The reactions of voters are explored on the basis of a large survey of the electorate, and lessons to be learnt about referendums in the UK and elsewhere are discussed.
www.amazon.com /Scotland-Decides-David-Denver/dp/0714650536   (548 words)

  
 Central Lobby - Charter88 Parliamentary Bulletin - No. 1 - December 1997   (Site not responding. Last check: 2007-10-01)
So far the Government has acted cautiously and the committee stage for the referendum bills for Scotland, Wales, and most recently for London were all held on the floor of the House.
Turnout for the referendum was 60.4% and produced a clear result for both questions.
The referendum bill has completed its passage through the Commons and is now in the Lords.
www.charter88.org.uk /publications/cenlobby/central1.html   (4001 words)

  
 Scotland Office - History - Scotland Office
Proposals for devolution for Scotland were first considered by Parliament as long ago as 1894, and a number of proposals for devolution were made both by Government and outside Government before 1997.
They were revived by the Government in the 1970s and in 1979 a referendum was held in Scotland on proposals to establish a Scottish Assembly, with control over most of the Scottish Office functions.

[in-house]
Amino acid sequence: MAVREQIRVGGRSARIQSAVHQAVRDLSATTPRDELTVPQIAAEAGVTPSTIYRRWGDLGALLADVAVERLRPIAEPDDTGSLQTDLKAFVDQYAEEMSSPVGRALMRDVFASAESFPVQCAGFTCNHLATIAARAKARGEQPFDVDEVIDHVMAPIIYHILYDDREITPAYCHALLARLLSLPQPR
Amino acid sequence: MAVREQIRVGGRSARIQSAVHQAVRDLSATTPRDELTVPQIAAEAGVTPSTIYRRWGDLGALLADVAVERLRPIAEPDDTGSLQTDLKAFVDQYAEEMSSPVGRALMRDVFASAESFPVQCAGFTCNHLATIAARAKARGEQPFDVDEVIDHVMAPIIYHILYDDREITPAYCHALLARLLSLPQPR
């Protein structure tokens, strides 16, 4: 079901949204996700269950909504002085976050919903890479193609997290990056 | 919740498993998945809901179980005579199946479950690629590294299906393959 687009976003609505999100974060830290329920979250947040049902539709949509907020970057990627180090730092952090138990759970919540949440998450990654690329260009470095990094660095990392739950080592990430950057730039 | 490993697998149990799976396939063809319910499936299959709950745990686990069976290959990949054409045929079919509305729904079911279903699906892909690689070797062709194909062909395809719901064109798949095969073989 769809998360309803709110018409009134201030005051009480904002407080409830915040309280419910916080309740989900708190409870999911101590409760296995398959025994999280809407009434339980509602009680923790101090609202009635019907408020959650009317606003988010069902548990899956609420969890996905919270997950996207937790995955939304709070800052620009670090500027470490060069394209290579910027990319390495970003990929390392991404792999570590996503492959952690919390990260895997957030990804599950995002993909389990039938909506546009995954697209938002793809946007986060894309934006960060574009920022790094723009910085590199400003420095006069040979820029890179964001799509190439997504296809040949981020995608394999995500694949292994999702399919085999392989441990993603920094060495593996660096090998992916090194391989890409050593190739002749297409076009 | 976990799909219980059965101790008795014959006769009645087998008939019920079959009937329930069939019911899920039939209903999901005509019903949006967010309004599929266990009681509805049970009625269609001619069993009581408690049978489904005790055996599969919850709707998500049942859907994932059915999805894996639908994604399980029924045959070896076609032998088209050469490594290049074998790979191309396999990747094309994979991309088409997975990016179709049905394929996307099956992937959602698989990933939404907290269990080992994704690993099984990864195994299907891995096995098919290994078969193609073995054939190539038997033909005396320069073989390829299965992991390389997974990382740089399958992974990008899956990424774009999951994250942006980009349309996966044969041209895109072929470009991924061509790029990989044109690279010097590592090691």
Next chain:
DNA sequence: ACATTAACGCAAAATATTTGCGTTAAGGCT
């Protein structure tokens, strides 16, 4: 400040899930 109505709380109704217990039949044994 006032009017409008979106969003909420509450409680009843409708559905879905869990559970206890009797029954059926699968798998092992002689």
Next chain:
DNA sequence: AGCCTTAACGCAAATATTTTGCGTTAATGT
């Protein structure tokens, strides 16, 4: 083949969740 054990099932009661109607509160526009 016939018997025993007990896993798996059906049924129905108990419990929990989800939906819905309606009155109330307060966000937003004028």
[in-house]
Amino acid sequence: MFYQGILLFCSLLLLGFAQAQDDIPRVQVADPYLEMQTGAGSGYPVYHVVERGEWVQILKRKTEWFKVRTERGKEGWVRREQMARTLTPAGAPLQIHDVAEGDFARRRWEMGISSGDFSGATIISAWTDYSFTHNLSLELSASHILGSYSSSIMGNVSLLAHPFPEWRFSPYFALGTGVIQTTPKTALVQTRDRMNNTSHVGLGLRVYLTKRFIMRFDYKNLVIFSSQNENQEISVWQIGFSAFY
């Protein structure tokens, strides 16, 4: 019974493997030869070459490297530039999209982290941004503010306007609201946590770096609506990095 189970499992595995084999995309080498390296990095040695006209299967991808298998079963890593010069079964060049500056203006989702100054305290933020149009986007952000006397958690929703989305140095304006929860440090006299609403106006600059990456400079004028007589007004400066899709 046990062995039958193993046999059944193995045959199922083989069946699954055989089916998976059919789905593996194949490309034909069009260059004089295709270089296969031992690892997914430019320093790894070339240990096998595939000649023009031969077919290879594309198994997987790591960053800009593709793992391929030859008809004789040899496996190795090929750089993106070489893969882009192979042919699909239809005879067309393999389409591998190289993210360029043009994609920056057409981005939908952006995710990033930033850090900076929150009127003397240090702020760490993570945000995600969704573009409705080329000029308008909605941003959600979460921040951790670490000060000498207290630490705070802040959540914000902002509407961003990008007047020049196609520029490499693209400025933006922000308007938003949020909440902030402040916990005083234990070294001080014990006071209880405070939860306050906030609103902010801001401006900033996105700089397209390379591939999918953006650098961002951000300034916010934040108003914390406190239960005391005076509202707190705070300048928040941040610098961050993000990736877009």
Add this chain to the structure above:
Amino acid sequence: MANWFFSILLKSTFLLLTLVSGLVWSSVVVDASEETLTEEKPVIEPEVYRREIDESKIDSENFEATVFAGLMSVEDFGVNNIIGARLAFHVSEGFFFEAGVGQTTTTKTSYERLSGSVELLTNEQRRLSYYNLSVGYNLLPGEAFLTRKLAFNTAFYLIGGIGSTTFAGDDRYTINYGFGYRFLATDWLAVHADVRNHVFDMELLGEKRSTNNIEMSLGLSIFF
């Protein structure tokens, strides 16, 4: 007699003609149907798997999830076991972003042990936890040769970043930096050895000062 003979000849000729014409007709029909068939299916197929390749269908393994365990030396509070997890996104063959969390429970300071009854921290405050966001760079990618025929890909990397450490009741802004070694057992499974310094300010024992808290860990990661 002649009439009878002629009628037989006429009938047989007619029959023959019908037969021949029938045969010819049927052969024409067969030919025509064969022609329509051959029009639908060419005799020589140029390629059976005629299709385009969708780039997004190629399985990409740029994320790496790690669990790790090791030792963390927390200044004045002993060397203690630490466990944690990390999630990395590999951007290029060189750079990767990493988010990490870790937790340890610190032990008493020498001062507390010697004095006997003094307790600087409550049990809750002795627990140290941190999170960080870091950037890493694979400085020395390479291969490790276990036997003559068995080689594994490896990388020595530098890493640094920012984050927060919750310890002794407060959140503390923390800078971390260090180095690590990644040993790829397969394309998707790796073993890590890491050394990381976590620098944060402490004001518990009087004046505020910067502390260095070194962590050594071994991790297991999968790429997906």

The Scotland Act 1998 sets out the statutory framework of the devolution settlement and under its authority the Scottish Executive and the Scottish Parliament came into being on 1 July 1999.
www.scotlandoffice.gov.uk /history/scotland-office.html   (825 words)

  
 Scottish Office Publication
Although Denmark proper does not have a system of devolved government, extensive devolution has been granted to the Faroe Islands (in 1948) and to Greenland (in 1979), which have their own elected assemblies and governments.
Notwithstanding the federal structure of the state, the legislative competence of the Länder is relatively limited, and legislative authority has generally been considered over the years to have tended to become more centralised in the federal state.
Indeed, proposals for its implementation in mainland Portugal were rejected by a large majority in a referendum in late 1998.
www.scotland.gov.uk /government/devolution/ppdp-07.asp?textonly=TRUE   (7043 words)

  
 Devolution Referendum 1979   (Site not responding. Last check: 2007-10-01)
The format of the ballot paper which was adopted by Lothian and Borders regions for the referendum:
Labour soon lost a vote of confidence and were forced to call a General Election.
Although Labour won the General Elections of 1979, 1983, 1987 and 1992 in Scotland, the party lost each time in the rest of the UK and Scotland was governed by a Conservative government who had hardly enough MPs to appoint as Scottish Ministers, between 1979 and 1997.
www.alba.org.uk /referenda/devo.html   (340 words)